Public transport funding under pressure

John Hultén, Claus Hedegaard Sørensen, Elisabeth Lång, Fabio Hirschhorn Zonana and Jens Alm, K2 Working paper 2021:12

Covid-19 has affected the supply, demand, and image of public transport in unprecedented ways. This report aims to investigate the short- and long-term effects of Covid-19 on public transport and its funding models, with specific focus on the Swedish context. Three research questions are in focus: How does Covid-19 impact on revenues and costs for public transport? What measures have public transport agencies made in response to these challenges? How does changes or stability in public transport due to Covid-19, in the longer run impact on the possibility to reach regional political aims of sustainable transport? The research questions are approached with both quantitative and qualitative methods, including interviews and a scenario workshop with mobility actors in Sweden. The three Swedish metropolitan regions, Stockholm, Västra Götaland and Skåne, are used as cases.

The report shows very clearly how farebox revenues drastically decreased in all three regions, as many people listened to the recommendations from authorities to avoid public transport. At the same time, costs remained largely unchanged. This resulted in a widened gap between costs for operating the system, and revenues that could finance those costs. To compensate for the loss of ticket revenues, earmarked state contributions were introduced on several occasions on an ad-hoc basis. Even with state contributions, regional subsidies to public transport increased. The so-called cost-recovery ratio declined in unprecedented ways. Thus, the share of public subsidies coming from tax-money, both regional and national, increased.

The three regions responded in similar ways to the funding challenge, but with some variations. Region Skåne was the only region that downsized operations at an early stage to reduce costs, which caused some political turmoil. Stockholm and Västra Götaland decided to maintain operations unchanged. Increased problems with fare evasion added to the problem of reduced revenues. To meet changes in demand, with more people working from home, new tickets were introduced. Several other measures were implemented to reduce congestion and transmission of disease, such as dispersed school start and improved traffic information. Such measures can impact costs in the longer-term perspective if adopted at larger scale and over longer time.

Future implications of the pandemic on public transport and its funding are difficult to assess. The report includes an analysis based on four different scenarios developed within the project – “Downward spiral”, “Return”, “New mobility systems” and “Public transport as backbone”. The analysis indicates that he public transport actors in particular should try to avoid and be prepared to handle the scenario of “Downward spiral”, but also “Return” and “New mobility systems”, since these scenarios are judged to include difficulties.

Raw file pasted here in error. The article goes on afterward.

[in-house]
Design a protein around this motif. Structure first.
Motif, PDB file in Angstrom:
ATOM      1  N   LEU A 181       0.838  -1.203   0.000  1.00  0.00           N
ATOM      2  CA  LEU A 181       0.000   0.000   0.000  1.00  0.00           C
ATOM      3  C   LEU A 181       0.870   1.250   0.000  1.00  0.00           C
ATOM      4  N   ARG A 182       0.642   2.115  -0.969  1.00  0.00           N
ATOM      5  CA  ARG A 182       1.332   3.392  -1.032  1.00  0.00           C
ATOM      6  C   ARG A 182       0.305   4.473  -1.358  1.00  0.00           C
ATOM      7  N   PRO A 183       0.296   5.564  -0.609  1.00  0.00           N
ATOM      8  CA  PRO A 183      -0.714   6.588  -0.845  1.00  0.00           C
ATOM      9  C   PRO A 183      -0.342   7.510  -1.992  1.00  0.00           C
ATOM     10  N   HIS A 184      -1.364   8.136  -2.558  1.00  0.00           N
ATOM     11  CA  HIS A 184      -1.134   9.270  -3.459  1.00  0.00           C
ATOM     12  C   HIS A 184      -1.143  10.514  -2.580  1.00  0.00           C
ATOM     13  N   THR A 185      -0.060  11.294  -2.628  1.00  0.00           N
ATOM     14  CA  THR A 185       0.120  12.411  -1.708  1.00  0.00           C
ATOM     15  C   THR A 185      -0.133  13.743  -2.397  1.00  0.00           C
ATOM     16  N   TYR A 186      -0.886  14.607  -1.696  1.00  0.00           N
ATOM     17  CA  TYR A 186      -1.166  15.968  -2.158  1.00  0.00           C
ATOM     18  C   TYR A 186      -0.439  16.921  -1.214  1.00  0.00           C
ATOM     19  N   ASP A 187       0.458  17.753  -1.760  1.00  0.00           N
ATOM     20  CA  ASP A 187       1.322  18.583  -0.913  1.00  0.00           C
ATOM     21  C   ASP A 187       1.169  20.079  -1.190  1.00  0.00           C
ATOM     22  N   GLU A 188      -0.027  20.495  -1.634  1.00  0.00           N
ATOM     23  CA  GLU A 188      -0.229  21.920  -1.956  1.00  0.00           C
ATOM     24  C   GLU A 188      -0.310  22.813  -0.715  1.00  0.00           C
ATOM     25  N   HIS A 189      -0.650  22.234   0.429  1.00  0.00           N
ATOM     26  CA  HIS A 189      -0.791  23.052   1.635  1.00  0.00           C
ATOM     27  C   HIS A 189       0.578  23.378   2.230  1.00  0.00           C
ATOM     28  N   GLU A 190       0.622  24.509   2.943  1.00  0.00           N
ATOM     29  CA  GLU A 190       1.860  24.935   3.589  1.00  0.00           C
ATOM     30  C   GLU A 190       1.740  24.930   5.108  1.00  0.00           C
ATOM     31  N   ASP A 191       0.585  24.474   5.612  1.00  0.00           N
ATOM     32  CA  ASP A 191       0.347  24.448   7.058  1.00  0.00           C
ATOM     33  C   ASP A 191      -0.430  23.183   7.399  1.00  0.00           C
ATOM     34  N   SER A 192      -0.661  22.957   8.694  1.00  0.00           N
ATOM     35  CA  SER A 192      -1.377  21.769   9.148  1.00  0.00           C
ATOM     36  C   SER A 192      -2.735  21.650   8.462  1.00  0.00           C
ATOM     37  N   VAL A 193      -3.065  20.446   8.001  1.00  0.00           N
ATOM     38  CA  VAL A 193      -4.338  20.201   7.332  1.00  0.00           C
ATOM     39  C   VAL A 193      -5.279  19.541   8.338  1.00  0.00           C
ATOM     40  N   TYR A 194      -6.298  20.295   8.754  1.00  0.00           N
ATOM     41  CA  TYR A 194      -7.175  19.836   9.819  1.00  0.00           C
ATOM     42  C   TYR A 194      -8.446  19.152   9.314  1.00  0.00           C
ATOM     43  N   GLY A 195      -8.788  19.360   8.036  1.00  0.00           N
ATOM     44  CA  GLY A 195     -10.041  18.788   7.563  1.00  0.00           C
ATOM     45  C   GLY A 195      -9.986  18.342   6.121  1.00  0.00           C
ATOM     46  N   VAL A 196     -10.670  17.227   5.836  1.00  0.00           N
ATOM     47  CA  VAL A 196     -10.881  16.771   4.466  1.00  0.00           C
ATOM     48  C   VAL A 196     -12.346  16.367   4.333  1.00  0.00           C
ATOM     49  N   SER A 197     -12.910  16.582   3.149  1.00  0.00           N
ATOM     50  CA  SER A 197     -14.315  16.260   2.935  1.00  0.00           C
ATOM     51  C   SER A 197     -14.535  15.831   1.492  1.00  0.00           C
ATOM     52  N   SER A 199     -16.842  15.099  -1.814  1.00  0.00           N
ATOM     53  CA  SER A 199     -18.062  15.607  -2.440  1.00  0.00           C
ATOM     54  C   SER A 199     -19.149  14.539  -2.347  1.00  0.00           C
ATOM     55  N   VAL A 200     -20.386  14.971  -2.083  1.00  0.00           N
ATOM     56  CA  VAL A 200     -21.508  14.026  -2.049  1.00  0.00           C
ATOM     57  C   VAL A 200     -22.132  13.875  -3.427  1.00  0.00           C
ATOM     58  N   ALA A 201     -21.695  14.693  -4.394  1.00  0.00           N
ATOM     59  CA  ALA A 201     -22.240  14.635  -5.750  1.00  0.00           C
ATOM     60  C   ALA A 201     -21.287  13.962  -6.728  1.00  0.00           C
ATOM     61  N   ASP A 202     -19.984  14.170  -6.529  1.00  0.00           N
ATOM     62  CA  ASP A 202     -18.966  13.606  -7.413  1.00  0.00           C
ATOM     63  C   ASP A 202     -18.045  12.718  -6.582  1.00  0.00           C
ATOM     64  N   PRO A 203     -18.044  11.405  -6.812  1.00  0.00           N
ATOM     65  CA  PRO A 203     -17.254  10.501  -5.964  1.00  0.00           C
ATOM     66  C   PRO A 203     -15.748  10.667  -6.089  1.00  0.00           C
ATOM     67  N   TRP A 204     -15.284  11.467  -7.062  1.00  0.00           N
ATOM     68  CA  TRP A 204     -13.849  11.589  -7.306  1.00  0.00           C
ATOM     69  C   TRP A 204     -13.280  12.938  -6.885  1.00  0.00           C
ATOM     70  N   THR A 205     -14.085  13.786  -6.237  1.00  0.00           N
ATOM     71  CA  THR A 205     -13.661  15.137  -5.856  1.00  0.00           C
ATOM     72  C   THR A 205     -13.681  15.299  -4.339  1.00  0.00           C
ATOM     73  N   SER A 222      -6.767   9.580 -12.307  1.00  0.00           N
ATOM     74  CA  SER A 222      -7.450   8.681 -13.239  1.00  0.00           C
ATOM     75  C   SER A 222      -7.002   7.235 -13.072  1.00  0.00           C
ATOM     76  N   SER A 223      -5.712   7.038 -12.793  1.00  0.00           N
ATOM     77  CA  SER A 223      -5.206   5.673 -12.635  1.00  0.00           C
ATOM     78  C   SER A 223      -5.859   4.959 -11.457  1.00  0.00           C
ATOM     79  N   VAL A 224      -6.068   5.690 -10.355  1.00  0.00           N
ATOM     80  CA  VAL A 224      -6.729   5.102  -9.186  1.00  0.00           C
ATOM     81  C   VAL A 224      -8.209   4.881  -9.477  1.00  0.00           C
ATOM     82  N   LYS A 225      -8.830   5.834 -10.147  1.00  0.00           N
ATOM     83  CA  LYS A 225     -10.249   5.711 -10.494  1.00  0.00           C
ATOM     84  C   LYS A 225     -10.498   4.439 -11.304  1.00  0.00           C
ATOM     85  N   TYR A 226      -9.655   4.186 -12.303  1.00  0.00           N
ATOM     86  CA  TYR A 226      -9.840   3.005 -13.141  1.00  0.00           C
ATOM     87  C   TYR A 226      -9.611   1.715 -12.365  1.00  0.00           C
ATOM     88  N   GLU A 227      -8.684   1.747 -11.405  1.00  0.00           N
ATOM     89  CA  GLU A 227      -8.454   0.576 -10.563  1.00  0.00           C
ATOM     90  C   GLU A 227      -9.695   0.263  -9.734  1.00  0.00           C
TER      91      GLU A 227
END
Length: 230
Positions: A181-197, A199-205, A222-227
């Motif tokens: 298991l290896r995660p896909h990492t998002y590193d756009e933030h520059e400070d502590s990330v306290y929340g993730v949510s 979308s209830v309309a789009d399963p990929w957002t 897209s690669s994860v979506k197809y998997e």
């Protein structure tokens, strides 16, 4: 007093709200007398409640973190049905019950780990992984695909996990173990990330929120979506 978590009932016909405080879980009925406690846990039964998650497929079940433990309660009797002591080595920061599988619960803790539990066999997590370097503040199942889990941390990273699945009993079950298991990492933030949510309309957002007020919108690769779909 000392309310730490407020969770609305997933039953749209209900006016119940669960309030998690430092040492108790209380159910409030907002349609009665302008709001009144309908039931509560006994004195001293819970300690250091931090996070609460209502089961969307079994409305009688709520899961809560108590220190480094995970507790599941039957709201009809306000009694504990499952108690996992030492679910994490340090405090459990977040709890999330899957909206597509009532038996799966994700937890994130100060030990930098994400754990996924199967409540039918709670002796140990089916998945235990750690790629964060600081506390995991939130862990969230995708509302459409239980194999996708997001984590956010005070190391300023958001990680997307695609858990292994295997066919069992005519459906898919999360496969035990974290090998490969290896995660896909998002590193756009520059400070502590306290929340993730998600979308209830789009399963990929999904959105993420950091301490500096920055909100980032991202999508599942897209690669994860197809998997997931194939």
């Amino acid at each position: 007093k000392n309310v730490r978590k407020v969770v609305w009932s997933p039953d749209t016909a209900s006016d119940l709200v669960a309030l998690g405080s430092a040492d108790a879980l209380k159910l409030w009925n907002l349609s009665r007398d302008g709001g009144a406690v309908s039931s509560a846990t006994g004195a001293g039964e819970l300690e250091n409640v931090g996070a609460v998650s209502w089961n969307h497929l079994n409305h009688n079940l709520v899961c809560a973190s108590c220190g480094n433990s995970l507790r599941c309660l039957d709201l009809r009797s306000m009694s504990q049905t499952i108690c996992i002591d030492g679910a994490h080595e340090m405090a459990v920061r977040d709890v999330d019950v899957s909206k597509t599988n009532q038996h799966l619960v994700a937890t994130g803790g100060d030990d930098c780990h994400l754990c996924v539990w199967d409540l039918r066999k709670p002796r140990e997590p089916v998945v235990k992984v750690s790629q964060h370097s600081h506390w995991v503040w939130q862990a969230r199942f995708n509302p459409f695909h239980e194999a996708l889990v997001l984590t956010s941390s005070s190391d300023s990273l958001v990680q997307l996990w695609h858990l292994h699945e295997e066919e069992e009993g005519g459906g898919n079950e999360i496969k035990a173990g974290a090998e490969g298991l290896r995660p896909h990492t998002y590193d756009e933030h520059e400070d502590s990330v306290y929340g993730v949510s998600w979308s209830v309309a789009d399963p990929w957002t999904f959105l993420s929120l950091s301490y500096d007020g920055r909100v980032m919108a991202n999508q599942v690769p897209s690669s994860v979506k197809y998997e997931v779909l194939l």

Based on institutional theory, three more general reflections are made concerning the impact on future funding models. A first reflection is that the national level has stepped in as an important funder of public transport in Sweden. If demand for public transport remain on a significantly lower level compared to the pre-pandemic situation, continued national funding might be needed to prevent a development in line with the “Downward spiral” scenario. If so, national funding may be part of a new institutional equilibrium that influence power relations and actor’s behavior in the future.

A second observation is that the pandemic might change ideas about public transport’s role in society in ways that transform the existing institutions from within. A larger focus on individual, demand responsive solutions, and measures to reduce crowding will impact funding models. Increased working from home change the basic idea of a public transport system serving a rather fixed commuting behavior. More flexibility will be needed for public transport to remain relevant. We have already seen examples of institutional adjustments in ticket regimes, which is something that may continue at a larger scale.

A third reflection is that the widened funding gap change the cost-benefit equation in public transport. This may have repercussions for the institutional frameworks. In the “Downward spiral” scenario institutions may change mainly from within, with a shift from a focus on societal development and sustainability towards a more budget oriented way of thinking, with cost reductions, revenue maximization, increased ticket prices, and similar measures. To avoid such a development, the national level may need to take a more active role in funding, but also take a more active role as a “meta-governor” that steer the direction of public transport actors. The scenarios, “New mobility systems” and “Public transport as backbone” will require larger institutional makeovers where new funding models are needed to support other forms of shared transport modes. This may in more fundamental ways change the perception of what public transport is and how it should be funded.

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K2 reports
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